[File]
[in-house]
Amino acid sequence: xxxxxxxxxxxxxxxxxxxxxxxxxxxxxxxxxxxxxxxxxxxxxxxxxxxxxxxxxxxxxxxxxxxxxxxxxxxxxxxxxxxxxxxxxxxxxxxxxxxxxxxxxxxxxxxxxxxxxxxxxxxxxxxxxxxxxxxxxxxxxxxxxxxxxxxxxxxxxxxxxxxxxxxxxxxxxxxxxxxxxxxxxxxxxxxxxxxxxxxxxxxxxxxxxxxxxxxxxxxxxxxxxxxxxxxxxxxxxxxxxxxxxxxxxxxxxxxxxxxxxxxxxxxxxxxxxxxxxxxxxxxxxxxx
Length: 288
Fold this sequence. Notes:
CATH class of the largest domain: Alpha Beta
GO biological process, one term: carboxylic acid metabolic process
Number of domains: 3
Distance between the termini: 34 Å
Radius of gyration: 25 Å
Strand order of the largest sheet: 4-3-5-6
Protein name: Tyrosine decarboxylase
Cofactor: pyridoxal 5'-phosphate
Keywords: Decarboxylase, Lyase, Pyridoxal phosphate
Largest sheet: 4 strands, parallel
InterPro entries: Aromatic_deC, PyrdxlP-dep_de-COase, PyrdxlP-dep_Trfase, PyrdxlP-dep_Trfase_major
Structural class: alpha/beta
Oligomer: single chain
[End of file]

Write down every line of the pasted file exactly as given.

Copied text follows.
[in-house]
Amino acid sequence: xxxxxxxxxxxxxxxxxxxxxxxxxxxxxxxxxxxxxxxxxxxxxxxxxxxxxxxxxxxxxxxxxxxxxxxxxxxxxxxxxxxxxxxxxxxxxxxxxxxxxxxxxxxxxxxxxxxxxxxxxxxxxxxxxxxxxxxxxxxxxxxxxxxxxxxxxxxxxxxxxxxxxxxxxxxxxxxxxxxxxxxxxxxxxxxxxxxxxxxxxxxxxxxxxxxxxxxxxxxxxxxxxxxxxxxxxxxxxxxxxxxxxxxxxxxxxxxxxxxxxxxxxxxxxxxxxxxxxxxxxxxxxxxx
Length: 288
Fold this sequence. Notes:
CATH class of the largest domain: Alpha Beta
GO biological process, one term: carboxylic acid metabolic process
Number of domains: 3
Distance between the termini: 34 Å
Radius of gyration: 25 Å
Strand order of the largest sheet: 4-3-5-6
Protein name: Tyrosine decarboxylase
Cofactor: pyridoxal 5'-phosphate
Keywords: Decarboxylase, Lyase, Pyridoxal phosphate
Largest sheet: 4 strands, parallel
InterPro entries: Aromatic_deC, PyrdxlP-dep_de-COase, PyrdxlP-dep_Trfase, PyrdxlP-dep_Trfase_major
Structural class: alpha/beta
Oligomer: single chain